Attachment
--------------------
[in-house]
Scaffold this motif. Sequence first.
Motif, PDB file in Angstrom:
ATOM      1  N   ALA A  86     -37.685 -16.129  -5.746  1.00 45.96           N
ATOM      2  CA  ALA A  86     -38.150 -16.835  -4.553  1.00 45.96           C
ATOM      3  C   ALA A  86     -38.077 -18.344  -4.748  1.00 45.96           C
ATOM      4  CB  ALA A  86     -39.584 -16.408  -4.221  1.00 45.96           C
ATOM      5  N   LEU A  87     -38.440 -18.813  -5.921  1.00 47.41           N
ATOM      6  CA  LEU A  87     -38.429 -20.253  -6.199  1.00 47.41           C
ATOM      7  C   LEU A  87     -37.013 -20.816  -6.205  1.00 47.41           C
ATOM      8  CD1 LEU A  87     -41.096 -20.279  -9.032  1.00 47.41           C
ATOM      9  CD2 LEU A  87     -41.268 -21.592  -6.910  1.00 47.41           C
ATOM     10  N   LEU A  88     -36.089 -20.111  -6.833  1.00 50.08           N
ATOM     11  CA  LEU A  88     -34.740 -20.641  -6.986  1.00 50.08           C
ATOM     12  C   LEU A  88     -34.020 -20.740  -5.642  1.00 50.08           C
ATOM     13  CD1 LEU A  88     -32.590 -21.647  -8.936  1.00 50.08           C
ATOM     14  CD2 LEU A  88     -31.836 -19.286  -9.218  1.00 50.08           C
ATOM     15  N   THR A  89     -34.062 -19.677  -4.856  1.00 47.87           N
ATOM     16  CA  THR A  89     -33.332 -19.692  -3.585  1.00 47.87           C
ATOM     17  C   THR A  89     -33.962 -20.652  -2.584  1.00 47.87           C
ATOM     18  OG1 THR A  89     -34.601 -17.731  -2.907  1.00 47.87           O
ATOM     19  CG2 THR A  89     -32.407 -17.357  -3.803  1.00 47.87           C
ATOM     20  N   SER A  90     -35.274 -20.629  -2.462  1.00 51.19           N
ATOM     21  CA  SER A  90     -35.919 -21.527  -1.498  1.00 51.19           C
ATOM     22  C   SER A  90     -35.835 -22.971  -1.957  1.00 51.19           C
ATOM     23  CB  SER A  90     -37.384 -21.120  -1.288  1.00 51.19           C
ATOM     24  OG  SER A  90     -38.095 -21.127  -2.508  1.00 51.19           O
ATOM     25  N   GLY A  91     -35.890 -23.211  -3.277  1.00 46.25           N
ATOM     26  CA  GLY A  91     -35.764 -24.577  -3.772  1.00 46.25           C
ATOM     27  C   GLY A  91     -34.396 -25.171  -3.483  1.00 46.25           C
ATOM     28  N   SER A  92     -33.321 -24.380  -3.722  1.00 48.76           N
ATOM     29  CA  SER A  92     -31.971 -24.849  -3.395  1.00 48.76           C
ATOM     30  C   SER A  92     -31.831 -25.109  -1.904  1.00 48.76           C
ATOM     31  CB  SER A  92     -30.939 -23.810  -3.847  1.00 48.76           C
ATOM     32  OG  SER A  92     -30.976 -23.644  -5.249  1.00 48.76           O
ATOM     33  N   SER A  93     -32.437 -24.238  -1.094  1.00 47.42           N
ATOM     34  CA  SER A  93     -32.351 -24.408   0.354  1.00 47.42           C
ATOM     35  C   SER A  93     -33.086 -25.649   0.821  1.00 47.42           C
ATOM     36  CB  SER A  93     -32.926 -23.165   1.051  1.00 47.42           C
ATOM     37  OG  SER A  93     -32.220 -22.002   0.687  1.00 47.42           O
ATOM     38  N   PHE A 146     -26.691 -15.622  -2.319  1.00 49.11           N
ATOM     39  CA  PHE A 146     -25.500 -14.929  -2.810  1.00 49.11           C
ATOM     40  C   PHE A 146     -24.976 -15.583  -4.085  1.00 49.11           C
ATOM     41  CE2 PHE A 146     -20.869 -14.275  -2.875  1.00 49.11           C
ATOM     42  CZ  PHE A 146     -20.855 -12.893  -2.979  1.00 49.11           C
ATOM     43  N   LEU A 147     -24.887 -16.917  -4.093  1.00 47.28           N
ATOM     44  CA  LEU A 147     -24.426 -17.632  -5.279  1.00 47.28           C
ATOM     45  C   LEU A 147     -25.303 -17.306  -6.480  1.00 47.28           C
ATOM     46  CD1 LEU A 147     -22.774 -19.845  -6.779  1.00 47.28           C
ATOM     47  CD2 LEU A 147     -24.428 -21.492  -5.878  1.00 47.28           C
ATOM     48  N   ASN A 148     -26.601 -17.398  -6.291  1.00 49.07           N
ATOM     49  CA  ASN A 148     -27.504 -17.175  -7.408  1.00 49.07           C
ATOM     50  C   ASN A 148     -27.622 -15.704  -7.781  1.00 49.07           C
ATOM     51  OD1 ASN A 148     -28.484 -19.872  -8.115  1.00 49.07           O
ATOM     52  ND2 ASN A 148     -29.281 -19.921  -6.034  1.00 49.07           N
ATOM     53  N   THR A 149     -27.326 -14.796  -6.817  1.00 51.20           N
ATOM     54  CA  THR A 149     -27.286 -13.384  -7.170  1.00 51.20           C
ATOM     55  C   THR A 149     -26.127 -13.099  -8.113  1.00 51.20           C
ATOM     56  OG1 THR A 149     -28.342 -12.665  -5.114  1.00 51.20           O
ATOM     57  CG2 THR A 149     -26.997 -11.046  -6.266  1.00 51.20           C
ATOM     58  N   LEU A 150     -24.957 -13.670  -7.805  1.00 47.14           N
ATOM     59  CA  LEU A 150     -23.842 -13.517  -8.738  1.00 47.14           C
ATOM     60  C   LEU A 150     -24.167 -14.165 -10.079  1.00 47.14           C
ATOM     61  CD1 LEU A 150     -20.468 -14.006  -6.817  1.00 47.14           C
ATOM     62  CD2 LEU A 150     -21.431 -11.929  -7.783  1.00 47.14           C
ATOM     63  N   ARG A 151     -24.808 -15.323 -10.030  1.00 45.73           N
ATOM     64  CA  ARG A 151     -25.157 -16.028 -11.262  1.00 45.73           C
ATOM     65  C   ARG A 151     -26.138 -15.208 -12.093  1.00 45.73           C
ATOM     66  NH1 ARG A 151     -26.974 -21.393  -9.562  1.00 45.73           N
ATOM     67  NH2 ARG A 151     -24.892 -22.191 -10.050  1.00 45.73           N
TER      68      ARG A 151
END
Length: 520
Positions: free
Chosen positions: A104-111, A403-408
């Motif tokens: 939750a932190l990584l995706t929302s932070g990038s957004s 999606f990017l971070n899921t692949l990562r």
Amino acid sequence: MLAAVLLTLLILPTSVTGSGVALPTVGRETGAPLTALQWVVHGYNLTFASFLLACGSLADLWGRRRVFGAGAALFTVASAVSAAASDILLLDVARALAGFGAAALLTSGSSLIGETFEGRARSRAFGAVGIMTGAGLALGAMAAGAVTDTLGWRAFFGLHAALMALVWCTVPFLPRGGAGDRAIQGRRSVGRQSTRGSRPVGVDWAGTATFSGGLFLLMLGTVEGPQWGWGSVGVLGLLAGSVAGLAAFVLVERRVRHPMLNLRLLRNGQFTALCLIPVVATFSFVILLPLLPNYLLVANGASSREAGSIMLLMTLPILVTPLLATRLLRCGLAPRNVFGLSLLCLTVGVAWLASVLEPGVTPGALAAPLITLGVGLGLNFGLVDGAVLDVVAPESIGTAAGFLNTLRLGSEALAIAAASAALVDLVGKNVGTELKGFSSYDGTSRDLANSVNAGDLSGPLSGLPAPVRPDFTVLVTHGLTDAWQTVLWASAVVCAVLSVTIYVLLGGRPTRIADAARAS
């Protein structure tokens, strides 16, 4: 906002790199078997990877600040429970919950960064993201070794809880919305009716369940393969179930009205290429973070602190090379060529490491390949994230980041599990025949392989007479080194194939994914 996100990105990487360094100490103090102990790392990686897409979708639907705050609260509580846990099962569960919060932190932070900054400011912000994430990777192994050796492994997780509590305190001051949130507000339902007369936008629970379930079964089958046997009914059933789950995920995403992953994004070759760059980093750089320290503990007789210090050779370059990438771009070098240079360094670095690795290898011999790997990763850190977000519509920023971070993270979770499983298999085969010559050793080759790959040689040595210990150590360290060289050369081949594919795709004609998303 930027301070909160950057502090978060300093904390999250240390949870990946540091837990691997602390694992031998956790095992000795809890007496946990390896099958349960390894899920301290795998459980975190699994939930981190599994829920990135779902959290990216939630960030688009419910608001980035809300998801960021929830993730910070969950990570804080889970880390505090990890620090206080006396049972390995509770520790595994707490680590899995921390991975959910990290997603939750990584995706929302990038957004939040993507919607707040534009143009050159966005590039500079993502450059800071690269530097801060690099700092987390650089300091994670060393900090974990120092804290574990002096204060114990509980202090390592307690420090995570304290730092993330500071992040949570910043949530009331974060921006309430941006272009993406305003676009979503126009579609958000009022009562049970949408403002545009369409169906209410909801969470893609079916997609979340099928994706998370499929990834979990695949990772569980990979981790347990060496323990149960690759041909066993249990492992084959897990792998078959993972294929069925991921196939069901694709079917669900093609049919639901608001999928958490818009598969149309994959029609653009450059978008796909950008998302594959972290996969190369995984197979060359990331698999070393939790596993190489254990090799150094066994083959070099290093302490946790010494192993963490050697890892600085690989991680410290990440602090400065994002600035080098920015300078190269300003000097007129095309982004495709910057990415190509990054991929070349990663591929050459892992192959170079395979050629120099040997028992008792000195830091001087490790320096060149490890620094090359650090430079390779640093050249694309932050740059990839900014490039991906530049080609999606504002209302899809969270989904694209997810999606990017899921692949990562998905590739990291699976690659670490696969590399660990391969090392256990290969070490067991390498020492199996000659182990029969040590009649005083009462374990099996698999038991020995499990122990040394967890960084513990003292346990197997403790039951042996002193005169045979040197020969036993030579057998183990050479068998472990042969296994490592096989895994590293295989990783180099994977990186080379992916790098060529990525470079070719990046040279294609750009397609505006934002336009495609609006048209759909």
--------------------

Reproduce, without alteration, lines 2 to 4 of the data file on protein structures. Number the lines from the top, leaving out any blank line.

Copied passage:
Scaffold this motif. Sequence first.
Motif, PDB file in Angstrom:
ATOM      1  N   ALA A  86     -37.685 -16.129  -5.746  1.00 45.96           N